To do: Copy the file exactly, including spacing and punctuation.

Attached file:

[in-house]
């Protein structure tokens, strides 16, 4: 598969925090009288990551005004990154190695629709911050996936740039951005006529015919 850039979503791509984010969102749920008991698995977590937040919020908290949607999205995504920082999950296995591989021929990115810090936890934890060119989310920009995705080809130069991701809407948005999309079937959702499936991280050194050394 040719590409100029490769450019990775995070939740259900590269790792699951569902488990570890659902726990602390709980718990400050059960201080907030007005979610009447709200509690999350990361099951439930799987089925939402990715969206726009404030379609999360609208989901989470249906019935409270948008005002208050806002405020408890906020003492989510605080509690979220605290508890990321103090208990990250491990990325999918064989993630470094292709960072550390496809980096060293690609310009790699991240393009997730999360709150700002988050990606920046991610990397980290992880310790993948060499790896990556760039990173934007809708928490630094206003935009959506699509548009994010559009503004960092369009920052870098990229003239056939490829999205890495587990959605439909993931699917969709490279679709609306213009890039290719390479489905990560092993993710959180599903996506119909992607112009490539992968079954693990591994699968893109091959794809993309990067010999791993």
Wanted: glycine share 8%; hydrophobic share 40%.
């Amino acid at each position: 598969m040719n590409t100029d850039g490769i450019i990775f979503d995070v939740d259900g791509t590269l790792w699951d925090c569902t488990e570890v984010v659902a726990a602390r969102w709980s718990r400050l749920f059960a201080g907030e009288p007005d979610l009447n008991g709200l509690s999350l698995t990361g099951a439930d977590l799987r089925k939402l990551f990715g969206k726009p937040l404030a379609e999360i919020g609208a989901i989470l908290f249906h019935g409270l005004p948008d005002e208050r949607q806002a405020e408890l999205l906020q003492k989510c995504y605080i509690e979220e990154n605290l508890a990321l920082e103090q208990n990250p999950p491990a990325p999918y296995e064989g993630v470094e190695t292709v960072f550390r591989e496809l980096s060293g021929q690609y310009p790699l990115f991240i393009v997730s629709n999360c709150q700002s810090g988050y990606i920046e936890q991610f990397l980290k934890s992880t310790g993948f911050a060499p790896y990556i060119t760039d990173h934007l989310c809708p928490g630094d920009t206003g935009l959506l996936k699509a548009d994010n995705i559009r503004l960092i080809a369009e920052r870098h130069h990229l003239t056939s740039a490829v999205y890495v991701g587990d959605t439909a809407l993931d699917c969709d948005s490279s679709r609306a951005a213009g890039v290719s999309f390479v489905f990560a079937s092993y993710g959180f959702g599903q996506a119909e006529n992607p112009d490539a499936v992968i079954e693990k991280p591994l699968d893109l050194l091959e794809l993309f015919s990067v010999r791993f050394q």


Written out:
[in-house]
């Protein structure tokens, strides 16, 4: 598969925090009288990551005004990154190695629709911050996936740039951005006529015919 850039979503791509984010969102749920008991698995977590937040919020908290949607999205995504920082999950296995591989021929990115810090936890934890060119989310920009995705080809130069991701809407948005999309079937959702499936991280050194050394 040719590409100029490769450019990775995070939740259900590269790792699951569902488990570890659902726990602390709980718990400050059960201080907030007005979610009447709200509690999350990361099951439930799987089925939402990715969206726009404030379609999360609208989901989470249906019935409270948008005002208050806002405020408890906020003492989510605080509690979220605290508890990321103090208990990250491990990325999918064989993630470094292709960072550390496809980096060293690609310009790699991240393009997730999360709150700002988050990606920046991610990397980290992880310790993948060499790896990556760039990173934007809708928490630094206003935009959506699509548009994010559009503004960092369009920052870098990229003239056939490829999205890495587990959605439909993931699917969709490279679709609306213009890039290719390479489905990560092993993710959180599903996506119909992607112009490539992968079954693990591994699968893109091959794809993309990067010999791993």
Wanted: glycine share 8%; hydrophobic share 40%.
């Amino acid at each position: 598969m040719n590409t100029d850039g490769i450019i990775f979503d995070v939740d259900g791509t590269l790792w699951d925090c569902t488990e570890v984010v659902a726990a602390r969102w709980s718990r400050l749920f059960a201080g907030e009288p007005d979610l009447n008991g709200l509690s999350l698995t990361g099951a439930d977590l799987r089925k939402l990551f990715g969206k726009p937040l404030a379609e999360i919020g609208a989901i989470l908290f249906h019935g409270l005004p948008d005002e208050r949607q806002a405020e408890l999205l906020q003492k989510c995504y605080i509690e979220e990154n605290l508890a990321l920082e103090q208990n990250p999950p491990a990325p999918y296995e064989g993630v470094e190695t292709v960072f550390r591989e496809l980096s060293g021929q690609y310009p790699l990115f991240i393009v997730s629709n999360c709150q700002s810090g988050y990606i920046e936890q991610f990397l980290k934890s992880t310790g993948f911050a060499p790896y990556i060119t760039d990173h934007l989310c809708p928490g630094d920009t206003g935009l959506l996936k699509a548009d994010n995705i559009r503004l960092i080809a369009e920052r870098h130069h990229l003239t056939s740039a490829v999205y890495v991701g587990d959605t439909a809407l993931d699917c969709d948005s490279s679709r609306a951005a213009g890039v290719s999309f390479v489905f990560a079937s092993y993710g959180f959702g599903q996506a119909e006529n992607p112009d490539a499936v992968i079954e693990k991280p591994l699968d893109l050194l091959e794809l993309f015919s990067v010999r791993f050394q």